Thomas W. Olsson oral history interview



Thomas W. Olsson oral history interview


Born-digital video recording of an oral history with Thomas W. "Tom" Olsson and interviewer Bruce Florsheim, recorded as part of The Museum of Flight Oral History Program, October 24, 2018.


Vietnam War veteran Thomas W. “Tom” Olsson is interviewed about his military service as a helicopter pilot with the United States Army. He discusses his combat tours in Southeast Asia flying the Bell AH-1 Cobra gunship and describes his later assignments as a flight instructor for the Cobra and the Hughes AH-64 Apache. He also touches on his post-military careers with Rockwell Collins and the Boeing Company and on his volunteer work at The Museum of Flight.

Table Of Contents

Introduction and personal background -- Early aviation experiences -- Favorite aircraft -- U.S. Army training -- Service in Vietnam as a Bell AH-1 Cobra pilot -- Personal impact of the Vietnam War -- Instructor assignments and flying the Hughes AH-64 Apache -- Career with Rockwell Collins and Boeing -- Experiences as an A&P (Airframe and Powerplant) mechanic and aircraft owner -- Involvement with The Museum of Flight -- Closing thoughts -- Favorite aircraft engine -- B-29 restoration project -- Overlap with his father’s military career




1 recording (1 hr., 14 min., 54 sec.) : digital



Bibliographic Citation

The Museum of Flight Oral History Collection/The Museum of Flight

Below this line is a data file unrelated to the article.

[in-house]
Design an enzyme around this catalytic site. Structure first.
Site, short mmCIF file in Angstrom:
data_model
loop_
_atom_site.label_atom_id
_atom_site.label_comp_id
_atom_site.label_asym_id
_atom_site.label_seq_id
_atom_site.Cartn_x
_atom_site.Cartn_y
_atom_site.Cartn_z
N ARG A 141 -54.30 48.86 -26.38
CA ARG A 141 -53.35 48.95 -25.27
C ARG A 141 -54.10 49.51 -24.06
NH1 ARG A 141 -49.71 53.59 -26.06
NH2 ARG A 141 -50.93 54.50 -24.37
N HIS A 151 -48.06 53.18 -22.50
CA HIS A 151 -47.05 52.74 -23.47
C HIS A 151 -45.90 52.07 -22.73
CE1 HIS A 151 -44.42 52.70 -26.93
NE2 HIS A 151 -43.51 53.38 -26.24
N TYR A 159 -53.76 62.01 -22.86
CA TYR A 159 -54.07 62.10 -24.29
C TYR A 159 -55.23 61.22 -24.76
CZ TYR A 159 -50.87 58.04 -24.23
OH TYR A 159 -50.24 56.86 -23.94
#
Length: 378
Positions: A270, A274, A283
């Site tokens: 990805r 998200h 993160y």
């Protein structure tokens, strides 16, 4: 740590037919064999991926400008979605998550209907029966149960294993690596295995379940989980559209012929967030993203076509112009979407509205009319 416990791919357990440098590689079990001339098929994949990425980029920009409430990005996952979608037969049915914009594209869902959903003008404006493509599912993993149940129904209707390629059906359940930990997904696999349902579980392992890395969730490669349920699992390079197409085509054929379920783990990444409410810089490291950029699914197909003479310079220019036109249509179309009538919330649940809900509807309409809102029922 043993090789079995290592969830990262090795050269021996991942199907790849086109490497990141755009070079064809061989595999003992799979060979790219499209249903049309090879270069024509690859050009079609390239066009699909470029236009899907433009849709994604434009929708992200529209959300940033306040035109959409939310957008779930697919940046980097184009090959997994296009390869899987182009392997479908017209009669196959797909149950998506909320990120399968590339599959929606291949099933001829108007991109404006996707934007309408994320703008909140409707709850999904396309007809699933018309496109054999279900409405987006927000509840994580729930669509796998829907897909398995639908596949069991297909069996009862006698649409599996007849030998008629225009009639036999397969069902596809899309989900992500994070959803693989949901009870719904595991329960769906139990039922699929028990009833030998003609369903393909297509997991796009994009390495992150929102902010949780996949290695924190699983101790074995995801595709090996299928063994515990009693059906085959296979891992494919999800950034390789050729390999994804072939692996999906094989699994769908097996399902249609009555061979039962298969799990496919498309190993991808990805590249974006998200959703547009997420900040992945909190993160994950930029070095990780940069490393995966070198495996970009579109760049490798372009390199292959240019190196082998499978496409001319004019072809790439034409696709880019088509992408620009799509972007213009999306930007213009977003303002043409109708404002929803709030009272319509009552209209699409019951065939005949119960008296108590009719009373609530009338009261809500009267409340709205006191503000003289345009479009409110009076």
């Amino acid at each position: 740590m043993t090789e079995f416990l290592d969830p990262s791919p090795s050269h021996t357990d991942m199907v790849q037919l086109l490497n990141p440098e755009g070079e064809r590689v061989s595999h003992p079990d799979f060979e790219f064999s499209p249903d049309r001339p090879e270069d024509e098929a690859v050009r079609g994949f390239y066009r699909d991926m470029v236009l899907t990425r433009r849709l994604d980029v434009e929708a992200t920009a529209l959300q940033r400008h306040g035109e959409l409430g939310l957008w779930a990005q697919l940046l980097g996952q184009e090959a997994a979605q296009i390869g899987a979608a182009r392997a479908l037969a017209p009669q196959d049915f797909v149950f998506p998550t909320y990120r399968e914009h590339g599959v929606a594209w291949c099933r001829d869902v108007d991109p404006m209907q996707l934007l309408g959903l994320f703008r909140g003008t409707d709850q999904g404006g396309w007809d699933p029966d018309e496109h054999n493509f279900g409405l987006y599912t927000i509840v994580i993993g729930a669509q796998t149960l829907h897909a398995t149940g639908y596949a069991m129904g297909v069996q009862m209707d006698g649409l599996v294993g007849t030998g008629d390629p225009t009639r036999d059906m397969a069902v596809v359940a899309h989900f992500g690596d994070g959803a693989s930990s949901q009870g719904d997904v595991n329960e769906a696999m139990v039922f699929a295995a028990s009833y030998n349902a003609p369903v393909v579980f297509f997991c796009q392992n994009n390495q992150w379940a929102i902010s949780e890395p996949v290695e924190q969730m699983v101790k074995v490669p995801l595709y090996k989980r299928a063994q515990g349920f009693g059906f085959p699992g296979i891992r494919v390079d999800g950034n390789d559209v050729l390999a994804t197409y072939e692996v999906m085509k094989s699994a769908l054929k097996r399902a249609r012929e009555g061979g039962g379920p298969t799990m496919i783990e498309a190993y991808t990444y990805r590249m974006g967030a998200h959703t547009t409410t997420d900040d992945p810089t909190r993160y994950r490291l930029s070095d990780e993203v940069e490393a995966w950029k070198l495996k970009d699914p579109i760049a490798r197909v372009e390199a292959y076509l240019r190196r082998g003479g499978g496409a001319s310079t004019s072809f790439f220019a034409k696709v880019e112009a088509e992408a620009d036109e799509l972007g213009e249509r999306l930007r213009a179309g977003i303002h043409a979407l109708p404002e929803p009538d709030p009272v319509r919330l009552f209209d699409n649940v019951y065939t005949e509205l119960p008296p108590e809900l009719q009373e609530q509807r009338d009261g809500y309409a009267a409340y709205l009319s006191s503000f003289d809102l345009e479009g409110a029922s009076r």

Biographical Text

Thomas W. “Tom” Olsson is a Vietnam War veteran who served with the United States Army as a helicopter pilot and flight instructor. He was born in the mid-1940s in Kentfield, California to Ward T. Olsson and Wilma E. Olsson. His father was a career officer with the U.S. Air Force, and his mother was a housewife and hospital volunteer.

After graduating from high school, Olsson attended the Northrop Institute of Technology (California), where he studied aircraft maintenance engineering. While in college, he became a certified A&P (Airframe and Powerplant) mechanic and worked for Brittain Industries helping to install aircraft autopilot systems.

In July 1968, knowing that he would likely soon be drafted, Olsson opted to join the U.S. Army and become an aviator. He completed training at Fort Polk (Louisiana) and Fort Wolters (Texas), learning to fly on the Hughes 269 helicopter. He next underwent training in the Bell AH-1 Cobra at Hunter Army Airfield (Georgia) and was deployed to Southeast Asia. Over the course of his combat tour, he flew a mix of attack, visual reconnaissance, ground support, and evacuation missions and accumulated over 1,300 hours of helicopter flight time.

Returning to the United States, Olsson served the rest of his military career as an instructor pilot in the Bell AH-1 Cobra and Hughes AH-64A Apache. He retired in 1988 at the rank of Chief Warrant Officer 4. As a civilian, he worked for Rockwell Collins as a human factors engineer and for the Boeing Company as a systems engineer and engineering manager. His projects at Boeing included the 767-400 and 787 Dreamliner.

Olsson’s volunteer work at The Museum of Flight includes serving on the Docent Corps and participating in the restoration efforts of the Boeing 747 and Boeing B-29 Superfortress. He also donated materials to the Museum from his and his father’s military careers.

Biographical information derived from interview and additional information provided by interviewee.